|Title||Do Schools Have the Right to Suspend Students for YouTube Postings?|
|Preview||An example of how a YouTube posting by one student got him and others suspended, furthermore the suspension was held up in court based on the school's hanbook policy.|
Do Schools Have the Right to Suspend Students for YouTube Postings?
Gregory Requa was a student at Kentridge High in the state of Washington. One day, he along with several other students were involved in secretly videotaping their English teacher. The video was then edited; graphics and music were added and then posted on YouTube. Requa linked the video to his MySpace page. The product included "commentary on the teacher's hygiene and organization habits." It also showed a student standing behind the teacher making faces, putting two fingers up behind her head, and making pelvic thrusts toward her—all without her knowledge. There were also several shots of the teacher's buttocks as she walks away from the videographer and as she bends over, shots accompanied by a rap song titled "Ms. New Booty."
Eight months later, a local news channel discovered the video and aired a news segment featuring it along with others. The school did not learn about the video until the television station called the school for comment on the station's segment about student-made YouTube videos that are critical of high school teachers.
The school investigated and then suspended all the students involved in creating the video for 40 days, a time frame during which 20 days would be "held in abeyance" if the students were to complete a research paper while on suspension. The school district's board of directors upheld the suspension. Requa denied having any involvement and asked the district court to lift his suspension for his supposed involvement in filming and posting the video. Requa's lawyer said that even if Requa did produce the video, his suspension was a violation of the U.S. Constitution's First Amendment guarantee of freedom of speech. Was the school within its rights to suspend the students? You be the judge!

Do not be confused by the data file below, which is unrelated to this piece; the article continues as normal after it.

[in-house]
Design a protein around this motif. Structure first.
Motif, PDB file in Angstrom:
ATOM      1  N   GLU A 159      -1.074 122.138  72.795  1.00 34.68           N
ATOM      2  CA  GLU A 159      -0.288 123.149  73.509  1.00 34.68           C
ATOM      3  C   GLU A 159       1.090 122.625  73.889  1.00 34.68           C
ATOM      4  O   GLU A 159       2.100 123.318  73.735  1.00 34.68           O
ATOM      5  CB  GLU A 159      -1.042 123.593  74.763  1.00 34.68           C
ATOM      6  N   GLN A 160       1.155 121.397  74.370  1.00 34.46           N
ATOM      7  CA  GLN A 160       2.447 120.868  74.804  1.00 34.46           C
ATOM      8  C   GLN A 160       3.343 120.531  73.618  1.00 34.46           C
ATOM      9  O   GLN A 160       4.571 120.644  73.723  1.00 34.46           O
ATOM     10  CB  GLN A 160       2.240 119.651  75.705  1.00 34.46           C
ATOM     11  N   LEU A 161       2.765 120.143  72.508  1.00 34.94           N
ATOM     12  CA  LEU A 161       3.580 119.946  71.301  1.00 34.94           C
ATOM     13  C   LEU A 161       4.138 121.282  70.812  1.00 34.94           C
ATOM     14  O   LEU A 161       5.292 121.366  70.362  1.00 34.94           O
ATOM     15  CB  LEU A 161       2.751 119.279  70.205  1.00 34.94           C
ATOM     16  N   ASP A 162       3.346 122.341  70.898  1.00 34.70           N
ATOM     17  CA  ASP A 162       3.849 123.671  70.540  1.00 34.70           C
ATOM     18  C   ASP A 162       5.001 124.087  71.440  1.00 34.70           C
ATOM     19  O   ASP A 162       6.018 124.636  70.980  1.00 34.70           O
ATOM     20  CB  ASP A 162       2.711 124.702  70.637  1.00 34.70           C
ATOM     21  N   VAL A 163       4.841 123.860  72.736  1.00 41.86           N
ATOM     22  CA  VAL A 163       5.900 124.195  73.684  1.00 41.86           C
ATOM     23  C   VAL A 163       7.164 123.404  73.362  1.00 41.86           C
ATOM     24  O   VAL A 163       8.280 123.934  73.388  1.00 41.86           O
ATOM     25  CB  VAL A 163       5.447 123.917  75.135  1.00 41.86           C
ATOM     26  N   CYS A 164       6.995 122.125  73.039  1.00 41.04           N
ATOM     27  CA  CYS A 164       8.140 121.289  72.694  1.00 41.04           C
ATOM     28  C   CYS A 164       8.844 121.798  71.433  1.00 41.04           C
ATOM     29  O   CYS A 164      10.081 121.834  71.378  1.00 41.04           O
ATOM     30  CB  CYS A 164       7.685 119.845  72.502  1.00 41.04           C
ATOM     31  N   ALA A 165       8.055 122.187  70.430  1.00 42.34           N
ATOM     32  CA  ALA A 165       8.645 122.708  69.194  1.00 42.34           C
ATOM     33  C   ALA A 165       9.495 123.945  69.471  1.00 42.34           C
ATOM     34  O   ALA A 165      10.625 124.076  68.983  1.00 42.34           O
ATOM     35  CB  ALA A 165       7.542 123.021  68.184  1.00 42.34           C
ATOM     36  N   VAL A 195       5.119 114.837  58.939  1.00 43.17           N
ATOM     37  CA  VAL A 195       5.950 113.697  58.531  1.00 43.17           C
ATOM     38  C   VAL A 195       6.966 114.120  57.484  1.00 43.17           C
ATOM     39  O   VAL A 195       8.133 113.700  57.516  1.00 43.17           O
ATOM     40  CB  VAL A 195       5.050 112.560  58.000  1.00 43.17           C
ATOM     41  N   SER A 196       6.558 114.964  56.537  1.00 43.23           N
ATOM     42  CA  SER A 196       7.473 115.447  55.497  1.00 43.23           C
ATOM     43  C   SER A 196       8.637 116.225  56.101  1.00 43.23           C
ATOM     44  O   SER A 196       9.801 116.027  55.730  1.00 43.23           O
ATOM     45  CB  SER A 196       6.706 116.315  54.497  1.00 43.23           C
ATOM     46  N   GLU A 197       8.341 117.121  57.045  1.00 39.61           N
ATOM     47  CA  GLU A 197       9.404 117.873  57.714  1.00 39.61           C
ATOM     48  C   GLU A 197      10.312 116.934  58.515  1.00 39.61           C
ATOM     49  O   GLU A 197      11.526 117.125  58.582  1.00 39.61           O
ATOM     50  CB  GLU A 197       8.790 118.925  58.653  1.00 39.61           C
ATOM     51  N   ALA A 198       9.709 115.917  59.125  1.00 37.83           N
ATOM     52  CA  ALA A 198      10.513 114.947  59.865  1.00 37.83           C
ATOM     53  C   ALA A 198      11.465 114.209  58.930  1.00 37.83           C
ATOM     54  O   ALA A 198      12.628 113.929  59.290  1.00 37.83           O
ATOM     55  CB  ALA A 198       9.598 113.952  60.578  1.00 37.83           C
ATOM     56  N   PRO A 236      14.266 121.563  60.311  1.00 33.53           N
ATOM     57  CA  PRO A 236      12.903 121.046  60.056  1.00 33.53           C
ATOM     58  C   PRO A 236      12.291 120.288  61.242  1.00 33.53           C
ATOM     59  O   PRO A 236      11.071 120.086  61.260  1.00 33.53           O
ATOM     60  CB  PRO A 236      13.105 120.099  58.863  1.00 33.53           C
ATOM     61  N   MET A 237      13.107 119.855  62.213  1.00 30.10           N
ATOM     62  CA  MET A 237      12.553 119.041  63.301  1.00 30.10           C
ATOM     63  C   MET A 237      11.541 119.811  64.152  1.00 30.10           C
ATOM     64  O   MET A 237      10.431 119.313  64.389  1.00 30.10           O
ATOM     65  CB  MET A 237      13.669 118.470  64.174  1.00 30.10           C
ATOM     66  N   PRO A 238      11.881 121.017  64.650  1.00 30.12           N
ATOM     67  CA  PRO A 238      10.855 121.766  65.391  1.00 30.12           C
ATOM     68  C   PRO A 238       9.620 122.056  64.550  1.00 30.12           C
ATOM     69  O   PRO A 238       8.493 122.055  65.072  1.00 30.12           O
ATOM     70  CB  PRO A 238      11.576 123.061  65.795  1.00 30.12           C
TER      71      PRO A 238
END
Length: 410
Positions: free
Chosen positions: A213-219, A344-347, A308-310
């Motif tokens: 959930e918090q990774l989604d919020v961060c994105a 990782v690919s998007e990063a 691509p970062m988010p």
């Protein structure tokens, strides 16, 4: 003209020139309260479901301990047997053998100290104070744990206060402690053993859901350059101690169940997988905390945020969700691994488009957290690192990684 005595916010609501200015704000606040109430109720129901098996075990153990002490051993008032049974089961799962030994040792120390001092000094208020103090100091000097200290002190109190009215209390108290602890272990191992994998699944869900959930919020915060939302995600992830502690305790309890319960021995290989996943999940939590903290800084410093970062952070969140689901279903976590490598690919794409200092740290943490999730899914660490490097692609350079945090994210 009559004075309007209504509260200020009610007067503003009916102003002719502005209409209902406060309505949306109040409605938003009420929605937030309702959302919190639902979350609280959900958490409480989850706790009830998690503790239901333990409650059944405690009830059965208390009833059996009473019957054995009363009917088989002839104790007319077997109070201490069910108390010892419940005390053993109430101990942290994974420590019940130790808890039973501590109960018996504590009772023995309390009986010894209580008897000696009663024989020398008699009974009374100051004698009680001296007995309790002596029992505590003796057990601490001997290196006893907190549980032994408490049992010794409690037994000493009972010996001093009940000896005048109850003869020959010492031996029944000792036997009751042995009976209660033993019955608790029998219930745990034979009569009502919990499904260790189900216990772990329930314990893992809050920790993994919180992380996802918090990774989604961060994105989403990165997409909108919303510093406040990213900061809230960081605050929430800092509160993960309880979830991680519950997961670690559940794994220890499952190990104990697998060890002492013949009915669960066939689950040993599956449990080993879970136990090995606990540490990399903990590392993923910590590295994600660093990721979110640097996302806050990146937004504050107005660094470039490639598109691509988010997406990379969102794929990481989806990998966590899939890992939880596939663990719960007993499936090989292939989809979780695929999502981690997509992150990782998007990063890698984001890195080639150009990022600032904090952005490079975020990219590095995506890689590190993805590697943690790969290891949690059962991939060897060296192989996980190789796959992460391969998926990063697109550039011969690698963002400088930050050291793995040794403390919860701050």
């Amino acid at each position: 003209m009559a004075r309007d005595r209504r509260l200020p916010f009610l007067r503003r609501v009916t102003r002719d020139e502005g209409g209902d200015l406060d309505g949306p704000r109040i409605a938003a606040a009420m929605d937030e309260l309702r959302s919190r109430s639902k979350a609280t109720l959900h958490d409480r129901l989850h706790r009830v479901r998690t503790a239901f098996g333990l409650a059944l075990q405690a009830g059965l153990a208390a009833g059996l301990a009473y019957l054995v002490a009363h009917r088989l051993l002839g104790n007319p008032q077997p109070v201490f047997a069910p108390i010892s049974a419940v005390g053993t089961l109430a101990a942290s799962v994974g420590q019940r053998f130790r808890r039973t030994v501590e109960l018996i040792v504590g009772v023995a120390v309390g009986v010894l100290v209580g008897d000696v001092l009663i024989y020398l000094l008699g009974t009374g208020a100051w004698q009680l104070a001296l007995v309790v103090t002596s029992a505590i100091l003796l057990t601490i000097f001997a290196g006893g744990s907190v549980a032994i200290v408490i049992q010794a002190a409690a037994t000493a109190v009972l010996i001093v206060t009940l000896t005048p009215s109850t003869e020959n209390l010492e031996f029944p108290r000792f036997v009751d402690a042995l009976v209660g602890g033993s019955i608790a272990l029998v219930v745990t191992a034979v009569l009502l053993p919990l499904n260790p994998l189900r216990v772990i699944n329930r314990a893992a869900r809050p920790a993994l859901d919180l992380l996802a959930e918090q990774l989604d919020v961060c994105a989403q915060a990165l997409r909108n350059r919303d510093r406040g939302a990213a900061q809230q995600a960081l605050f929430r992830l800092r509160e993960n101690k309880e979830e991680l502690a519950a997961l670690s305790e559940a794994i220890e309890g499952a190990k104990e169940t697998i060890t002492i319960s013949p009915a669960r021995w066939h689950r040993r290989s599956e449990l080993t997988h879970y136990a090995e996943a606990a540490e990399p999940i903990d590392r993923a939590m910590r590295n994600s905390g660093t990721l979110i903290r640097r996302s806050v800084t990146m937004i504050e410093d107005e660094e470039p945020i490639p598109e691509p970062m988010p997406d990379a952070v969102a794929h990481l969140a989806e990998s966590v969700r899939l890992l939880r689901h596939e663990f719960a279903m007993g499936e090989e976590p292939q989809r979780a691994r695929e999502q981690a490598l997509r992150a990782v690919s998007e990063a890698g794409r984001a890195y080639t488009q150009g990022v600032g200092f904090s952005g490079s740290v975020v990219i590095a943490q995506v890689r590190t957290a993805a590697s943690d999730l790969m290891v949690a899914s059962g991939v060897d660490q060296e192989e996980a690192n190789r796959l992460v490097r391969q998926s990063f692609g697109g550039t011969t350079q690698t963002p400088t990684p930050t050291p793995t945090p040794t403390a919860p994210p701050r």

Requa v. Kent School District No. 415, W.D. Wash., 2007
Answe—You Be the Judge
Before filing with the district court, Greg Requa's parents appealed to the school district's board of directors. The board watched the video and reviewed witness statements and arguments from both sides. It then came to these conclusions:
The Board finds that Greg's denial of his involvement is not credible. While Greg claimed at the hearing that his involvement was merely a rumor based on his reputation as a skilled video editor, the Board notes that in each witness statement the students said that Greg told them he was involved, not that it was a rumor around the school. Greg was also identified as involved by his accomplice, S.W., as having been involved in editing and posting the video.
The board of directors ruled that the suspension was appropriate and within the school's rules and policies. The board clearly pointed out that the suspension was not punishment for the online criticism of the teacher but rather for the conduct of the students in secretly taking a video camera into the class and then dancing in a disrespectful way deemed to be sexual harassment.